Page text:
“Till the End of the Day”: Yes, yes, I know. It’s the same chord pattern (in a different key) as “All Day and All of the Night” played to a slightly different rhythm, but the energy The Kinks bring to this record make it a winner in my book. The opening “Baby, I feel good” is such a strong invitation to get up and rock that you can’t dismiss this song on the basis of self-plagiarism. While Dave’s solo here is less manic than his other great early contributions, it’s a sweet piece that should have received a bit more gain in the mix. The harmonies and background vocals help build the excitement, and Ray’s enthusiastic and loose lead vocal simply knocks me out.
“Dedicated Follower of Fashion”: Who was the idiot responsible for the track order on this album? I can understand separating “You Really Got Me” from “All Day and All of the Night,” but I really resent this song appearing before “A Well Respected Man,” because it diminishes the importance of the single that moved The Kinks from boy-meets-girl rock to social commentary. Harrumph!
Bitching now complete, I love this song! The brilliant invention of the word “Carnabetian” is enough to make my twiddle diddle (I find intelligence incredibly sexy), but Ray’s tongue-in-cheek vocal of remarkable variation is the real centerpiece. The call-and-response pattern “Oh yes, he is” forces you to sing along at those points, but after that you want to shush everyone so you can listen to Ray’s delightful articulation. The Big Ben-like opening and closing chords are a brilliant touch.
“A Well Respected Man”: The relative quiet of the opening, with that faint strum leading to a clear and confident vocal over acoustic guitar, may be Dylan-influenced, but I hear it more as the sound of a man who has found his inner voice and mission in life. Ray Davies takes on one of the most important and most despicable aspects of UK society—class consciousness—and exposes it for the hypocritical bullshit it is (in somewhat polite language suitable for the censors):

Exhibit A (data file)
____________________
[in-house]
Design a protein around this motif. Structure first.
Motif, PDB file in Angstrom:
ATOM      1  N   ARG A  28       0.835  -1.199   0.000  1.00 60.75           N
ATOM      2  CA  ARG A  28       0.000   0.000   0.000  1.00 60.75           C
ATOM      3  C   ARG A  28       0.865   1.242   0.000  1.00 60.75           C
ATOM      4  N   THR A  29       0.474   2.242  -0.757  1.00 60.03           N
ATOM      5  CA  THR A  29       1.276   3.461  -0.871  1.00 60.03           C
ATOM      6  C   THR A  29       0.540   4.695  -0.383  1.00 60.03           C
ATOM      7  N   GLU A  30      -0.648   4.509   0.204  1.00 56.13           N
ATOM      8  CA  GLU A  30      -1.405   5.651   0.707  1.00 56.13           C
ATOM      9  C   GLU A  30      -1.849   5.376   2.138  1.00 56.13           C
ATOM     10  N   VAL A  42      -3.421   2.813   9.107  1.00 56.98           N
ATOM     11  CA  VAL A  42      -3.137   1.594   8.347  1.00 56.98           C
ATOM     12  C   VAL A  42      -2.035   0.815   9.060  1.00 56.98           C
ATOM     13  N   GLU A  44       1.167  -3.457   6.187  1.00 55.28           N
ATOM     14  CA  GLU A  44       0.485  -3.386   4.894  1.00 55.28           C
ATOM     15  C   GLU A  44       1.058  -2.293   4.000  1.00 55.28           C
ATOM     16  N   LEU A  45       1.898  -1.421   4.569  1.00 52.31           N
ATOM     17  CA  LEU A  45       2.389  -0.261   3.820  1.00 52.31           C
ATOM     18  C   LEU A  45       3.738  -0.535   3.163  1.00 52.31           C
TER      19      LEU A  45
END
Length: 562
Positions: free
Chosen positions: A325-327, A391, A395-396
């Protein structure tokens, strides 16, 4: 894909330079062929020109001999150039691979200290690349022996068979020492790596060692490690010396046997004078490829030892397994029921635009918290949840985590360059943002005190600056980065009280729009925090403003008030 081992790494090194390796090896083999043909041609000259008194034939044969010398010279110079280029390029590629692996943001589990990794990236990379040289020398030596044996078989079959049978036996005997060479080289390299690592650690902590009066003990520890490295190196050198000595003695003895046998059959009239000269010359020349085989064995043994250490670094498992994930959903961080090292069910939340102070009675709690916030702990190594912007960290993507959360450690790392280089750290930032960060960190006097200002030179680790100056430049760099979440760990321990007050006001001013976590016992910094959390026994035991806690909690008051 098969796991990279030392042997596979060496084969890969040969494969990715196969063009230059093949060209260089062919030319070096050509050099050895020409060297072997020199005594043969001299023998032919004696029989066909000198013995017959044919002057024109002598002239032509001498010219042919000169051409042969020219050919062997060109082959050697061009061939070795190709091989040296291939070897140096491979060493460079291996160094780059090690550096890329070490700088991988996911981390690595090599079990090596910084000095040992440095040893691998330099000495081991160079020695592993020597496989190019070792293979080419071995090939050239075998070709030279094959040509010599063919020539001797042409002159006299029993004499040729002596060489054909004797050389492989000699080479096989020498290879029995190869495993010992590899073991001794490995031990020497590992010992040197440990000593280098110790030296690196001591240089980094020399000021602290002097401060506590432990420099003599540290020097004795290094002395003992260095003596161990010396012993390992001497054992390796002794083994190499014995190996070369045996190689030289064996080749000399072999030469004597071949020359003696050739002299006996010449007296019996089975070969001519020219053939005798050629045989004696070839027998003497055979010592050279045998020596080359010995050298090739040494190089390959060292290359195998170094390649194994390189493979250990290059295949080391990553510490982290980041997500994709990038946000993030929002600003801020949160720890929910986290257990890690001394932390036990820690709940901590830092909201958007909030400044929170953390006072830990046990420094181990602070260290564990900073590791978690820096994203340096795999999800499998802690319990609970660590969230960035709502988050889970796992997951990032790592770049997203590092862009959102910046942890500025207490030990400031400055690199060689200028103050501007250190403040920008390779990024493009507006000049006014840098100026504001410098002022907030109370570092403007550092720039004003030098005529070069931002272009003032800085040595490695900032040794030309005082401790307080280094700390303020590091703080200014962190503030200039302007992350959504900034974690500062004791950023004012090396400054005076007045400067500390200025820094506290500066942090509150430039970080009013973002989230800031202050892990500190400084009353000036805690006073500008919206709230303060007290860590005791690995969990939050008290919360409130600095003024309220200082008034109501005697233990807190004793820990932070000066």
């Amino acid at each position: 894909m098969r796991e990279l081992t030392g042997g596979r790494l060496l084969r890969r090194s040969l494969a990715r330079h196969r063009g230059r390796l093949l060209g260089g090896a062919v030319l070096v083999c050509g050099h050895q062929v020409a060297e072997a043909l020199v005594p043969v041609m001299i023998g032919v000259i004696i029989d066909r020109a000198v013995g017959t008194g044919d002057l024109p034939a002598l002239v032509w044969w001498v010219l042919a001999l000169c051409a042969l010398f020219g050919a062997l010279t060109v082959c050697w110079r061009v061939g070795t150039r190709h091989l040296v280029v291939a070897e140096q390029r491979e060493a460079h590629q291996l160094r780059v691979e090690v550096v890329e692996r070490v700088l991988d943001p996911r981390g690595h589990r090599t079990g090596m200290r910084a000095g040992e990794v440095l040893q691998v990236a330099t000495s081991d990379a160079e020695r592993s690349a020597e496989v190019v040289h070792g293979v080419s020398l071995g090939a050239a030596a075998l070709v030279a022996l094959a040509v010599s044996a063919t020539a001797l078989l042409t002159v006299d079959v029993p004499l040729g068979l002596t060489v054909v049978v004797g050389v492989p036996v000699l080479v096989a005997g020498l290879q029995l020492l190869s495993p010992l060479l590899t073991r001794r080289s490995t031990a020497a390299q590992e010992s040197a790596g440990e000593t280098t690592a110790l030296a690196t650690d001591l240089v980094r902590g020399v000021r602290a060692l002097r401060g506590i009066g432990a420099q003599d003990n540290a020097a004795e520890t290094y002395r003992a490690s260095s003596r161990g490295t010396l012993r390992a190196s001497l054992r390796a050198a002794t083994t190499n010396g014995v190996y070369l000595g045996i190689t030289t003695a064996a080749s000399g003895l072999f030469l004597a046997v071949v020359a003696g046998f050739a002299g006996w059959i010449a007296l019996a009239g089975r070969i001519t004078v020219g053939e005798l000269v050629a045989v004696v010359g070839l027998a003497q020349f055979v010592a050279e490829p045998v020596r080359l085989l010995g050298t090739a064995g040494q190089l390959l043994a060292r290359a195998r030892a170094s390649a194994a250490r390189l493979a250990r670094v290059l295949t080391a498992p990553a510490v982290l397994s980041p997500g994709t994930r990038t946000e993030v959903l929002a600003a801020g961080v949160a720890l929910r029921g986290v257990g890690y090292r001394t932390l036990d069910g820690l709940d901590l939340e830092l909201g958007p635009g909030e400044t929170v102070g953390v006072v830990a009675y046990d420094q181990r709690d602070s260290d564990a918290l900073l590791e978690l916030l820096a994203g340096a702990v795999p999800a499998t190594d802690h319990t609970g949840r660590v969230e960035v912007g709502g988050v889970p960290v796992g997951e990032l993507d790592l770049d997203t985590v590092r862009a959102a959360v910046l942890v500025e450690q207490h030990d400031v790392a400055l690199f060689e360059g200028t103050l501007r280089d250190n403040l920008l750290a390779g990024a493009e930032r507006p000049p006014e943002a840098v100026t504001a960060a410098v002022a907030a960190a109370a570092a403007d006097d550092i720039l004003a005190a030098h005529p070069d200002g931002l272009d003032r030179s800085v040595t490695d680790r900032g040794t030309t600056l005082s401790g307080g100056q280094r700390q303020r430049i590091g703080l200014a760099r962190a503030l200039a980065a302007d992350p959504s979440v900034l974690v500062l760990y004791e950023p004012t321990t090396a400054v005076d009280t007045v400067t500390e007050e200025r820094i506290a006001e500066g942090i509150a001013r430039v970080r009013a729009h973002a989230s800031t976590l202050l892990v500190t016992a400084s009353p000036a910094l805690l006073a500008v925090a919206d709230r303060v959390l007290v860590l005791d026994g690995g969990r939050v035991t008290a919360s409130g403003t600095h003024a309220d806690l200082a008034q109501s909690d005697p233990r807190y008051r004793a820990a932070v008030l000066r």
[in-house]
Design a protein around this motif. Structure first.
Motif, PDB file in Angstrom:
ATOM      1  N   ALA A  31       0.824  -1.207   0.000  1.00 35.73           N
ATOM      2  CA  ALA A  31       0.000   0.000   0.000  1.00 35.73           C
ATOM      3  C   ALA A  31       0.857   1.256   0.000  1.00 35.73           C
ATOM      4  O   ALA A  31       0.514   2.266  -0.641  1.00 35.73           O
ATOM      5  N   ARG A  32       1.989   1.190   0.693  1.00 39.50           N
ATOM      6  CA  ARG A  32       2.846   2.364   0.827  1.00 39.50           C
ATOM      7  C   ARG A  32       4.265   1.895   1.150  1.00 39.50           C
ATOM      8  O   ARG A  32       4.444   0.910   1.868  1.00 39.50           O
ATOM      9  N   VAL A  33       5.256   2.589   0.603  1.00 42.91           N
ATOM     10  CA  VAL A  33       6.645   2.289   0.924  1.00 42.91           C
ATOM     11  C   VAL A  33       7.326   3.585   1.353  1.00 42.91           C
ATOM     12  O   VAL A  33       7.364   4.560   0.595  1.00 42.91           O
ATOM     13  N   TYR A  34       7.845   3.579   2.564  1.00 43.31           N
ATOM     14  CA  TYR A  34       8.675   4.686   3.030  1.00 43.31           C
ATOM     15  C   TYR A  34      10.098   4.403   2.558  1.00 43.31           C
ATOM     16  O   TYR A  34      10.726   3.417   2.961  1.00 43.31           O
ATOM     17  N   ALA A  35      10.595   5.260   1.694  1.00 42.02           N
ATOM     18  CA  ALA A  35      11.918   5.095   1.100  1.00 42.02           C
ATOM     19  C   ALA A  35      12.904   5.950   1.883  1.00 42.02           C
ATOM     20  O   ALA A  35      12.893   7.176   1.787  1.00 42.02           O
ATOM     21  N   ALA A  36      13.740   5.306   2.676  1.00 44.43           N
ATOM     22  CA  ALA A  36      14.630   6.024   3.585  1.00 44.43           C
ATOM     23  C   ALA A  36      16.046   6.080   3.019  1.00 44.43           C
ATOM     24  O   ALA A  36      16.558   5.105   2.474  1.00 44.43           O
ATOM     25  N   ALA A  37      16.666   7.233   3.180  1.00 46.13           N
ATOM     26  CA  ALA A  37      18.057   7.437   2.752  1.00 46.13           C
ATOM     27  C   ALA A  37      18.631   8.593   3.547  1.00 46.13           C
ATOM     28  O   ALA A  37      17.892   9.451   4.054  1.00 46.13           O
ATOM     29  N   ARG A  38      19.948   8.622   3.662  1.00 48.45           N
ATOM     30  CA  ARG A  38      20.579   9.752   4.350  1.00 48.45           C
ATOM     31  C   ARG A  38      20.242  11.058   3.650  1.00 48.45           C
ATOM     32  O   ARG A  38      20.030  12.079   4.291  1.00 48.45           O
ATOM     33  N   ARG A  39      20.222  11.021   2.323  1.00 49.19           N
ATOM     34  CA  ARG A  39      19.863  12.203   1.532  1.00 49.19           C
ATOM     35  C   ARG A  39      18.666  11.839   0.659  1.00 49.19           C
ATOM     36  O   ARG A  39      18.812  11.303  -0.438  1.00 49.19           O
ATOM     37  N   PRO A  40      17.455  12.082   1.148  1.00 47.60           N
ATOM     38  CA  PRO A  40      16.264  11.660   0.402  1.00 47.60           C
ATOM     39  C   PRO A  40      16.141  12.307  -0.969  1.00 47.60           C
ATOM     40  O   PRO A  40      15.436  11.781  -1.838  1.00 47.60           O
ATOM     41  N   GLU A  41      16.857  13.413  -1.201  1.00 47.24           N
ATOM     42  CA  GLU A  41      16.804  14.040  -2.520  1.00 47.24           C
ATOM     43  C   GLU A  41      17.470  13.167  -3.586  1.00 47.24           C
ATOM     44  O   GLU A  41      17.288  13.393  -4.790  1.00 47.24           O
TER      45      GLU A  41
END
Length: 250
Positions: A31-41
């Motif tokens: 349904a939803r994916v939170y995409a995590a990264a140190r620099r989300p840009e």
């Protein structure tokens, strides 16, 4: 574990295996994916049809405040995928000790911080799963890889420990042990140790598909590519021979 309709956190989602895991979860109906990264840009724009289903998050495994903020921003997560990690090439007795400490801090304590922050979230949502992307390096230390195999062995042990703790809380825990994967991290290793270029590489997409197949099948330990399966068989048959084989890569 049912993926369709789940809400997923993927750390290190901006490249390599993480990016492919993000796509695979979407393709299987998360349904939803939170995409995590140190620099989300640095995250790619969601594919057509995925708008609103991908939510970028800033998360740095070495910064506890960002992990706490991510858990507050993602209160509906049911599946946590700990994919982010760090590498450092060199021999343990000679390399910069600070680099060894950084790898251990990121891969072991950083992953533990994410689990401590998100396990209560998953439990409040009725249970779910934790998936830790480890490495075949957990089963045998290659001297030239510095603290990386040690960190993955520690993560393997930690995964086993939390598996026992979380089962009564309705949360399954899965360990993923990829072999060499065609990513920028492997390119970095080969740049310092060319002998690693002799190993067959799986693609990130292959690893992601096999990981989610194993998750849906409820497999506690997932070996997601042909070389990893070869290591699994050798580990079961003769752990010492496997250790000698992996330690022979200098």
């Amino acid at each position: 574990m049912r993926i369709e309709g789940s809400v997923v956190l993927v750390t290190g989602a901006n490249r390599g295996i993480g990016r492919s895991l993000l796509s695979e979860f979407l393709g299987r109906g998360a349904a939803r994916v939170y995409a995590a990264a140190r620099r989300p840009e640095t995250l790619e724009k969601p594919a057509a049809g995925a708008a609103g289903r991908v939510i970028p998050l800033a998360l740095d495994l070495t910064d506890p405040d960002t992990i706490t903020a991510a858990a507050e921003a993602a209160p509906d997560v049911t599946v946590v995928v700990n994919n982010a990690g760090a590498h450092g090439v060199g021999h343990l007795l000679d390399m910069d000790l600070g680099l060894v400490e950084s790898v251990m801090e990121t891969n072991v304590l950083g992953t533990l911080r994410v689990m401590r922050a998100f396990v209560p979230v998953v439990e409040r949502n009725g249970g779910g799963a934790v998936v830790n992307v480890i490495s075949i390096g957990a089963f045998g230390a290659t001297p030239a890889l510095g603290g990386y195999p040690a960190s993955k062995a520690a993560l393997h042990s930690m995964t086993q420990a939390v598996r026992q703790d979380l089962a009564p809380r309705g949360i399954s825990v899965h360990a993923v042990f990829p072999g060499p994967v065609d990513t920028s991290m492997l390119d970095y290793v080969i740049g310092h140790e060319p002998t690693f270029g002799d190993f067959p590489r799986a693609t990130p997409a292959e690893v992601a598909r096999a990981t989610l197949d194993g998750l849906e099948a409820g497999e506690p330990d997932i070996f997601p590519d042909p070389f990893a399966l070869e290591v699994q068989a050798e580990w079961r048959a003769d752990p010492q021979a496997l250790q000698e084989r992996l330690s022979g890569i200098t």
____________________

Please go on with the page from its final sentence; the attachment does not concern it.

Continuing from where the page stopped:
And his mother goes to meetings while his father pulls the maid
And she stirs the tea with councilors while discussing foreign trade
And she passes looks, as well as bills, at every suave young man
Here Ray also displays his talent for mimicry, delivering the line “And he plays at stocks and shares, and he goes to the Regatta” in the bored, smug tones of the uppers. Although simple and subtle, the harmonies in the chorus provide a nice variation from the necessarily steady delivery of the verses, which are phrased like the indictment they represent.
“Everybody’s Gonna Be Happy”: This was a hit? Really? Hmm. Let me check . . . ah, it was the first of their singles not to crack the UK top 10, so I’m not alone in my indifference. It’s clearly the most dated song of the bunch, sounding like something that might make the soundtrack of an Austin Powers sequel. The hand-clapping in the chorus is really annoying, because either The Kinks lacked the tight hand-clapping skills of The Beatles or the engineer forgot to turn off the echo effect: the claps sound off-rhythm and choppy.
“All Day and All of the Night”: There are many things that make this song one of the hottest ever recorded—Ray’s slightly Caribbean-tinged sneer, Dave’s distortion and killer solo, the demonic background vocals—but for me it is one single musical decision that sends me over the edge. The line in question is “The only time I feel all right is by your side.” Usual rock dogma would dictate that the band hold onto the final chord of the transition line from verse to chorus and drive it home. What The Kinks do is brilliant: as Ray holds the note at the end of the line, instead of sticking on the A-chord, the band plays the three-chord pattern using the A-G-C chords. This has the effect of increasing the original tension of the defiant A chord, creating a dissonance of intense excitement. I’ve heard this song what, a billion times, and that move never fails to send me into fits of ecstasy.
This concludes my look at The Kinks, and what a delightful journey it has been. The experience certainly confirmed my decision to rank Ray Davies above Lennon & McCartney on my great songwriters list, but I also developed a deeper appreciation for their commitment to follow their artistic instincts instead of following the trends of their times. Before I leave, I want to thank all of The Kinks fans who not only read my pieces, but also took the time to comment on them. The comments were often brilliant and insightful, and while we did have our disagreements, the level of engagement was both thrilling and deeply appreciated by this reviewer.
God Save The Kinks!